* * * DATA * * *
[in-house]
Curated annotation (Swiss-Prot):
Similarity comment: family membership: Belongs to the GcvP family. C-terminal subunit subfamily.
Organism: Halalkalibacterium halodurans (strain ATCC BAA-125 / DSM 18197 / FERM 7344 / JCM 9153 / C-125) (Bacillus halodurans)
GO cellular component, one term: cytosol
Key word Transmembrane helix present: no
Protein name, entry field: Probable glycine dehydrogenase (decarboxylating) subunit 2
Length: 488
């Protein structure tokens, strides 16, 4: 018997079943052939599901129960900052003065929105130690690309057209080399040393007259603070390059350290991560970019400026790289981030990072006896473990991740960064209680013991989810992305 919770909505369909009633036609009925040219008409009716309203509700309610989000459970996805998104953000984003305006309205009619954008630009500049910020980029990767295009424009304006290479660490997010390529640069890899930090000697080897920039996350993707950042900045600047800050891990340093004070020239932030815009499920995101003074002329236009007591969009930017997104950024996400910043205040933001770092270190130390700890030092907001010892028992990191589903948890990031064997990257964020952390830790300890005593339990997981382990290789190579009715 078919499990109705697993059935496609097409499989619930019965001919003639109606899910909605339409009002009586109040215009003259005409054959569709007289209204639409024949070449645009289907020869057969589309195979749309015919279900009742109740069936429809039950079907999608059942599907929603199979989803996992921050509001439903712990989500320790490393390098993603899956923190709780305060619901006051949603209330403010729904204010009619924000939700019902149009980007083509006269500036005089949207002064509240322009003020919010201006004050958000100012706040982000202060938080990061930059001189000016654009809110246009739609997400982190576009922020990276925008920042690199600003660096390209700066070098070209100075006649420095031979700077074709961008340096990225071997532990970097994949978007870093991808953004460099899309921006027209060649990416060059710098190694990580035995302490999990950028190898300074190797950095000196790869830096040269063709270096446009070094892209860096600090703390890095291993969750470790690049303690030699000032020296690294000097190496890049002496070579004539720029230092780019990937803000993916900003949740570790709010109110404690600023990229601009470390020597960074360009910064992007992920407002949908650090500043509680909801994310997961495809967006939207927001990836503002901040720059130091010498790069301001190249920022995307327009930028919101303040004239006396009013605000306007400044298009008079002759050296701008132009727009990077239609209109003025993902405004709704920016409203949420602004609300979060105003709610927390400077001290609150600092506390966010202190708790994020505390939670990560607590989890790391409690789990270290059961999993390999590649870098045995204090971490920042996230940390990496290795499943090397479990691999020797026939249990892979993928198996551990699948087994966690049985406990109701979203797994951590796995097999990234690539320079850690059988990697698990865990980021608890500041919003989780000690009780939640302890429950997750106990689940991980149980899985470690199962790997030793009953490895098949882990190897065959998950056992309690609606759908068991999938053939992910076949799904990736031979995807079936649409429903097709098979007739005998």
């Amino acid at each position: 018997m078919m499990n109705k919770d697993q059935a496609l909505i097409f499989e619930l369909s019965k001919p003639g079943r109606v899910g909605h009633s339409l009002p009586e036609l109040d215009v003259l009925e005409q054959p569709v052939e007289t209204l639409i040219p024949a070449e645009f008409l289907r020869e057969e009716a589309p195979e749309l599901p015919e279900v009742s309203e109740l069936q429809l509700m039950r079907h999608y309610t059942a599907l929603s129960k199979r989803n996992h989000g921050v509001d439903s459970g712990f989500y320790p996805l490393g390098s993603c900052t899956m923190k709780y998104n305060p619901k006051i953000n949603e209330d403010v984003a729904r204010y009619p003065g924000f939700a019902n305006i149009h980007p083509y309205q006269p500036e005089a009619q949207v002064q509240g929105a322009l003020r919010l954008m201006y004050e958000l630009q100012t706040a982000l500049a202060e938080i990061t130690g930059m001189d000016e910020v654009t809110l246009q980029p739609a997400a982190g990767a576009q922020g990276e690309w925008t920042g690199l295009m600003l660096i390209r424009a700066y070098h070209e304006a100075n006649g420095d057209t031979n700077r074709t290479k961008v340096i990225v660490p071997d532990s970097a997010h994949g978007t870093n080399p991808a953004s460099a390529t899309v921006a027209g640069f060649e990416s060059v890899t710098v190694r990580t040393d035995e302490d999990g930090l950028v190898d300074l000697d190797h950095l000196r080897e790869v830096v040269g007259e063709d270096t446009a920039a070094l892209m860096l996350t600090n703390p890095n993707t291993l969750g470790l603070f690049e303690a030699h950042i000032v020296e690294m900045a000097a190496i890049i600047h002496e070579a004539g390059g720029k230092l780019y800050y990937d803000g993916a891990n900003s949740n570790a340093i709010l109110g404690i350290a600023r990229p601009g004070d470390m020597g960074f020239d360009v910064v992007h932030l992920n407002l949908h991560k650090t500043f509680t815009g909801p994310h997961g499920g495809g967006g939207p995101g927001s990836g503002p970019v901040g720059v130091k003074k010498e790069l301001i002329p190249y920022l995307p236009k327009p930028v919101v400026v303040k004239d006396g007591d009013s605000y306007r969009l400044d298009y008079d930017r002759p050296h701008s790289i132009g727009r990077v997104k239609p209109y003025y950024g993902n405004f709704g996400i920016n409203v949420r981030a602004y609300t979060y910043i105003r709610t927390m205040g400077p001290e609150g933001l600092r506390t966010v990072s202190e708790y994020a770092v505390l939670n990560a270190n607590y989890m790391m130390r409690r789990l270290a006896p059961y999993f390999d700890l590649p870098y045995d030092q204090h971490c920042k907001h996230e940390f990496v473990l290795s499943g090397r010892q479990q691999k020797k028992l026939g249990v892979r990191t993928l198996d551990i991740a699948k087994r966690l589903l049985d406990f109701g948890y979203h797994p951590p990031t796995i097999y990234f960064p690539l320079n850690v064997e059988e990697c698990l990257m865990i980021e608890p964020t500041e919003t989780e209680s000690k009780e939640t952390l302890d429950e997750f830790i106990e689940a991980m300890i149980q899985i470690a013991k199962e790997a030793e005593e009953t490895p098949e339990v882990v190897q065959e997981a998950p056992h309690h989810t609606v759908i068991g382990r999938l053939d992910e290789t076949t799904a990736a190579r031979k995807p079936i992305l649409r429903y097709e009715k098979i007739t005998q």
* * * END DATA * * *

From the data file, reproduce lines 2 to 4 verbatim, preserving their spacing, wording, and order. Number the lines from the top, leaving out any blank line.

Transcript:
Curated annotation (Swiss-Prot):
Similarity comment: family membership: Belongs to the GcvP family. C-terminal subunit subfamily.
Organism: Halalkalibacterium halodurans (strain ATCC BAA-125 / DSM 18197 / FERM 7344 / JCM 9153 / C-125) (Bacillus halodurans)